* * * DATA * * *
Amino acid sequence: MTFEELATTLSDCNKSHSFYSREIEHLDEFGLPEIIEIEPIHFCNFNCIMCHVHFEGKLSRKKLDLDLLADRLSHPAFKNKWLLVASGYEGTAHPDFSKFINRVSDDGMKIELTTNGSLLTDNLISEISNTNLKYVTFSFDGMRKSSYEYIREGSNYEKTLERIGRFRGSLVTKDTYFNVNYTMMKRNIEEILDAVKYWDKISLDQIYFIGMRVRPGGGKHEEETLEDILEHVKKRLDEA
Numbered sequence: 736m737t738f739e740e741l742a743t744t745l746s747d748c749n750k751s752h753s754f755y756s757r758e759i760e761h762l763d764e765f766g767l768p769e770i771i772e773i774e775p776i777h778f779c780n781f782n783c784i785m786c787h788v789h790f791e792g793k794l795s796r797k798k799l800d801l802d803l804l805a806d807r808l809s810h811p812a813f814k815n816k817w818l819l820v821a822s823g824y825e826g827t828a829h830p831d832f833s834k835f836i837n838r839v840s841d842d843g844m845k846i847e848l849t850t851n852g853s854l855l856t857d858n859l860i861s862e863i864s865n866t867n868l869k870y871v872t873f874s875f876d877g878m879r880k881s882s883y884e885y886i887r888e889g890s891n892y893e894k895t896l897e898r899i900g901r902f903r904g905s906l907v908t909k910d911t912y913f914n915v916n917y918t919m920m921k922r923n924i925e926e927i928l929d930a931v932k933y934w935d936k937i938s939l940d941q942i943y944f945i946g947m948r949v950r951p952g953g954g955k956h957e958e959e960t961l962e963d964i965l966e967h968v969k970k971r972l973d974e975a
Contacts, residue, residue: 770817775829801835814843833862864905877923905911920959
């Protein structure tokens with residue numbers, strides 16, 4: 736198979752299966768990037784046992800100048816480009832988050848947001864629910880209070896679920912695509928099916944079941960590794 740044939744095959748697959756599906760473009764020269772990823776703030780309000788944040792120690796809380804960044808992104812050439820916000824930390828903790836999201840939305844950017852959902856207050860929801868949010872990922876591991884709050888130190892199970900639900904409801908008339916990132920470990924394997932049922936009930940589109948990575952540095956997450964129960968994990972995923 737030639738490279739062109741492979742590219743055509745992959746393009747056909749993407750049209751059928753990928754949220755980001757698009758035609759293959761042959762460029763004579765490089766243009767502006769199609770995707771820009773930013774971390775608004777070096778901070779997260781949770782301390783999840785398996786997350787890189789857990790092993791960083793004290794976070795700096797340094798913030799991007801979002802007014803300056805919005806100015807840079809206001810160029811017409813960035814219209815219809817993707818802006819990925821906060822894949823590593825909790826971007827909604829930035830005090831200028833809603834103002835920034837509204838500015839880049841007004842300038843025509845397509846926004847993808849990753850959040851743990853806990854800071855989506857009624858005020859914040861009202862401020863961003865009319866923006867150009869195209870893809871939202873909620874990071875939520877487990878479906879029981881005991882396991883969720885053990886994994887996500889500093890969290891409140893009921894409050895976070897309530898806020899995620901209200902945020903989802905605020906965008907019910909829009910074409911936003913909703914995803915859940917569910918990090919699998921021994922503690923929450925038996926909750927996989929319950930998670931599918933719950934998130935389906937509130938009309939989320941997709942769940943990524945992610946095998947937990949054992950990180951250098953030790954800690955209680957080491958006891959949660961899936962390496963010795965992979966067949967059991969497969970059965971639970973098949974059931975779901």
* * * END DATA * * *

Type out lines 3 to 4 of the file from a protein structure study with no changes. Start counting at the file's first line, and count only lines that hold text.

Contacts, residue, residue: 770817775829801835814843833862864905877923905911920959
């Protein structure tokens with residue numbers, strides 16, 4: 736198979752299966768990037784046992800100048816480009832988050848947001864629910880209070896679920912695509928099916944079941960590794 740044939744095959748697959756599906760473009764020269772990823776703030780309000788944040792120690796809380804960044808992104812050439820916000824930390828903790836999201840939305844950017852959902856207050860929801868949010872990922876591991884709050888130190892199970900639900904409801908008339916990132920470990924394997932049922936009930940589109948990575952540095956997450964129960968994990972995923 737030639738490279739062109741492979742590219743055509745992959746393009747056909749993407750049209751059928753990928754949220755980001757698009758035609759293959761042959762460029763004579765490089766243009767502006769199609770995707771820009773930013774971390775608004777070096778901070779997260781949770782301390783999840785398996786997350787890189789857990790092993791960083793004290794976070795700096797340094798913030799991007801979002802007014803300056805919005806100015807840079809206001810160029811017409813960035814219209815219809817993707818802006819990925821906060822894949823590593825909790826971007827909604829930035830005090831200028833809603834103002835920034837509204838500015839880049841007004842300038843025509845397509846926004847993808849990753850959040851743990853806990854800071855989506857009624858005020859914040861009202862401020863961003865009319866923006867150009869195209870893809871939202873909620874990071875939520877487990878479906879029981881005991882396991883969720885053990886994994887996500889500093890969290891409140893009921894409050895976070897309530898806020899995620901209200902945020903989802905605020906965008907019910909829009910074409911936003913909703914995803915859940917569910918990090919699998921021994922503690923929450925038996926909750927996989929319950930998670931599918933719950934998130935389906937509130938009309939989320941997709942769940943990524945992610946095998947937990949054992950990180951250098953030790954800690955209680957080491958006891959949660961899936962390496963010795965992979966067949967059991969497969970059965971639970973098949974059931975779901």